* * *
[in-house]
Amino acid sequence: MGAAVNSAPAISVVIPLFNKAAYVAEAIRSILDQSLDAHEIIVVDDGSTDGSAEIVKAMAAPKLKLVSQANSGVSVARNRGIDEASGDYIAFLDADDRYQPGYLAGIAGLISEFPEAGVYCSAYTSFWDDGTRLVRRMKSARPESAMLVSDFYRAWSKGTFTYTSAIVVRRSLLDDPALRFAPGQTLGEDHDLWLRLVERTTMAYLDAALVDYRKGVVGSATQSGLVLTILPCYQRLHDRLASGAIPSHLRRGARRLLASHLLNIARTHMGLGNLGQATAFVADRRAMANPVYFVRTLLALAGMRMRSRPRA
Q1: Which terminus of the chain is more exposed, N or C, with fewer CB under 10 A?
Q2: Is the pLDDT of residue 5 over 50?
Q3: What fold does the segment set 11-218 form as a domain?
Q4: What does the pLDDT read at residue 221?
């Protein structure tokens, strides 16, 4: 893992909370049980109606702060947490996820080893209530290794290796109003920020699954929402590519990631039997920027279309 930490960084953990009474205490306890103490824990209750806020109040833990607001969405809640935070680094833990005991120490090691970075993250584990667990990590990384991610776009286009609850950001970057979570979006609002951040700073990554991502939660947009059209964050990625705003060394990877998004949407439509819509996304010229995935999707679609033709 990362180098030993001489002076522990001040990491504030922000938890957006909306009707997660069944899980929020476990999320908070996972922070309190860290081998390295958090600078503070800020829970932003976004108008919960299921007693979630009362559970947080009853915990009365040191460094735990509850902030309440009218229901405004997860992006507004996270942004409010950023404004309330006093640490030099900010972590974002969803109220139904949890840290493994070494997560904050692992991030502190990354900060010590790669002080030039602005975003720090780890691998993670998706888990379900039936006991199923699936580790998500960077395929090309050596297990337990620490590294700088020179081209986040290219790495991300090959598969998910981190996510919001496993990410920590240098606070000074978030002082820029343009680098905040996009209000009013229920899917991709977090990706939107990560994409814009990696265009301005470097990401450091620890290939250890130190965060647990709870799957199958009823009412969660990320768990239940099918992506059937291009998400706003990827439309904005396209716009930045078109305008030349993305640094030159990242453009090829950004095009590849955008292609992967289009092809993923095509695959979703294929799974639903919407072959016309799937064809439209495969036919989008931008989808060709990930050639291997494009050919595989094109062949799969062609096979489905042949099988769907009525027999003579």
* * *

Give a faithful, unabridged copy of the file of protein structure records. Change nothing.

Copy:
[in-house]
Amino acid sequence: MGAAVNSAPAISVVIPLFNKAAYVAEAIRSILDQSLDAHEIIVVDDGSTDGSAEIVKAMAAPKLKLVSQANSGVSVARNRGIDEASGDYIAFLDADDRYQPGYLAGIAGLISEFPEAGVYCSAYTSFWDDGTRLVRRMKSARPESAMLVSDFYRAWSKGTFTYTSAIVVRRSLLDDPALRFAPGQTLGEDHDLWLRLVERTTMAYLDAALVDYRKGVVGSATQSGLVLTILPCYQRLHDRLASGAIPSHLRRGARRLLASHLLNIARTHMGLGNLGQATAFVADRRAMANPVYFVRTLLALAGMRMRSRPRA
Q1: Which terminus of the chain is more exposed, N or C, with fewer CB under 10 A?
Q2: Is the pLDDT of residue 5 over 50?
Q3: What fold does the segment set 11-218 form as a domain?
Q4: What does the pLDDT read at residue 221?
């Protein structure tokens, strides 16, 4: 893992909370049980109606702060947490996820080893209530290794290796109003920020699954929402590519990631039997920027279309 930490960084953990009474205490306890103490824990209750806020109040833990607001969405809640935070680094833990005991120490090691970075993250584990667990990590990384991610776009286009609850950001970057979570979006609002951040700073990554991502939660947009059209964050990625705003060394990877998004949407439509819509996304010229995935999707679609033709 990362180098030993001489002076522990001040990491504030922000938890957006909306009707997660069944899980929020476990999320908070996972922070309190860290081998390295958090600078503070800020829970932003976004108008919960299921007693979630009362559970947080009853915990009365040191460094735990509850902030309440009218229901405004997860992006507004996270942004409010950023404004309330006093640490030099900010972590974002969803109220139904949890840290493994070494997560904050692992991030502190990354900060010590790669002080030039602005975003720090780890691998993670998706888990379900039936006991199923699936580790998500960077395929090309050596297990337990620490590294700088020179081209986040290219790495991300090959598969998910981190996510919001496993990410920590240098606070000074978030002082820029343009680098905040996009209000009013229920899917991709977090990706939107990560994409814009990696265009301005470097990401450091620890290939250890130190965060647990709870799957199958009823009412969660990320768990239940099918992506059937291009998400706003990827439309904005396209716009930045078109305008030349993305640094030159990242453009090829950004095009590849955008292609992967289009092809993923095509695959979703294929799974639903919407072959016309799937064809439209495969036919989008931008989808060709990930050639291997494009050919595989094109062949799969062609096979489905042949099988769907009525027999003579």